Bitachon-Trusting in G-d

How does one achieve a life of bitachon, trust in G-d?

We can learn a valuable lesson in bitachon, trust in G-d from the story of the cheit hameraglim, the sin of the spies.  

The Jews were on the threshold of entering the land of Israel. Prior to their entry, they sent spies to check out the land of Israel so they could prepare to conquer the land. The spies came back with bad news. They reported to the people that there were giants living in the land. They brought back a grape which was the size of a watermelon as additional proof that there were giants that inhabited the land. They informed the Jewish people that there was no way that they would naturally win this war. This was a lost case. When the Jewish people heard this, they began to cry.

Now, wait a minute. Am I missing something here? Why are the Jews crying?

Where is their bitachon, trust in G-d that He will help them conquer the land of Israel? These are the same Jews who experienced first hand Hashem miraculously saving them again and again. 

Ancient Egypt was the superpower in their time. They witnessed the ten plagues destroy Egypt and the splitting of the sea. They saw with their own eyes how powerful Hashem is.

Yes, there were giants living in the land of Israel. So what? They had Hashem on their side and just like He saved them before so He will save them again.

Why didn’t the Jewish people have bitachon, trust in G-d?

The Sforno, a commenter on the chumash writes (Bamidbar 14:3) that the Jewish people committed idolatry while living in Egypt. They thought that Hashem would allow the Canaanite nation living in Israel destroy them as punishment for their sin of idolatry.

According to the Sfonro, the Jewish people did not doubt Hashem’s power. They knew firsthand that Hashem was all powerful and can destroy the Canaanite nations.

So why did they cry? Because the Jewish people doubted that they were worthy of Hashem’s protection due to their sins.

 The Gemara (Sanhedrin 104b) writes the night the Jewish people heard the spies report and began to cry was Tisha b’Av. The Midrash Tanuchama (on Parshas Shelach) writes that at that very moment, it was decreed that the Beis HaMikdash, the Holy Temple, would be destroyed years later on that very same day, and that the Nation of Israel would be exiled from its Land.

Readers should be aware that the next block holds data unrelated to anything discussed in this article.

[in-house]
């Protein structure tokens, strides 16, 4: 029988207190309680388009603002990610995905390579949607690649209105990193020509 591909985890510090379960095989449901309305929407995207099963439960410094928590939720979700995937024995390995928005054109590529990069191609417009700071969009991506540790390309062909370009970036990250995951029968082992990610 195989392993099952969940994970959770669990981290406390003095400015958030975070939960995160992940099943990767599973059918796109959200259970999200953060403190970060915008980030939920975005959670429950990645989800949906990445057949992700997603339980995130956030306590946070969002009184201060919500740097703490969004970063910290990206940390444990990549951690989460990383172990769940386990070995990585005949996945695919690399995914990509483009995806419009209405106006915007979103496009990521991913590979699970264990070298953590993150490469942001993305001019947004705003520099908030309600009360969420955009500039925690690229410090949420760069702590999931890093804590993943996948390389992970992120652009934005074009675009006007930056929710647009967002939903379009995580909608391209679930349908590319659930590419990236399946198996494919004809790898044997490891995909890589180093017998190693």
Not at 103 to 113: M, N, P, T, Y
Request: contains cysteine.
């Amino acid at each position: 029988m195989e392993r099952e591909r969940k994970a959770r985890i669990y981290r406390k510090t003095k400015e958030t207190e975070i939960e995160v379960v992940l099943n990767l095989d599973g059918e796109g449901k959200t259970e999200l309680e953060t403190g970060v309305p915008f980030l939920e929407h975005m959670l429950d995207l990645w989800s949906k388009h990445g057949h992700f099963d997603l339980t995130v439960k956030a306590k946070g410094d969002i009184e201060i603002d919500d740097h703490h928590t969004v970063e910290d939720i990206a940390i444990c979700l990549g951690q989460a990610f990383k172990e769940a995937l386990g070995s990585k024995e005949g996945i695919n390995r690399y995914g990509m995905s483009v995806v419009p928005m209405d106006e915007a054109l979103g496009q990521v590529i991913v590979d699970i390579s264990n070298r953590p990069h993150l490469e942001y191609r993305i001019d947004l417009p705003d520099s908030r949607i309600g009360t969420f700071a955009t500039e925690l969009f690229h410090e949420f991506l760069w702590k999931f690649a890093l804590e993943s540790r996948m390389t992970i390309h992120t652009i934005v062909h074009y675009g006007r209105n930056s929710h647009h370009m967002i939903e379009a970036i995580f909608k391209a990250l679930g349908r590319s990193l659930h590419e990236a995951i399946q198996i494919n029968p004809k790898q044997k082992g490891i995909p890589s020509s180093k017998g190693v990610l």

Think about that. Tisha B’av is, arguably, the saddest day in the Jewish calendar. It is 25 hour fast. It is a day of national mourning for all of the tragedies that occurred to the Jewish people throughout the generations. When did Tisha B’av turn into a day of national mourning and tragedy? On the night the Jewish people wept because they did not think they would be able to conquer the land of Israel. Why did they cry? Because the Jewish people did not believe that Hashem would help them despite their failings.

In order to have bitachon, trust in G-d. It is not enough to believe that Hashem is all powerful. One needs to remember that even if one feels unworthy of Hashem’s protection then one should still trust that Hashem will help.

Rabbi Shmuel Houminer (sefer Mitzvos Habitachon, page 11) explains that in order to have bitachon, trust in G-d one does not need to be righteous!

He writes: “Even if you have not amassed good deeds and you recognize that you are a bad person nevertheless trust in Hashem for, he is compassionate and will act mercifully toward you. As it says ‘his mercy is on all his creatures.’ 

When one trusts in Hashem, not due to one’s righteousness and or because one feels one is deserving, but rather due to Hashem’s unlimited compassion that in itself is enough merit to be worthy of being saved.

Miriam Brodersen is a writer and lecturer. Ms. Brodersen teaches at several seminaries in Jerusalem.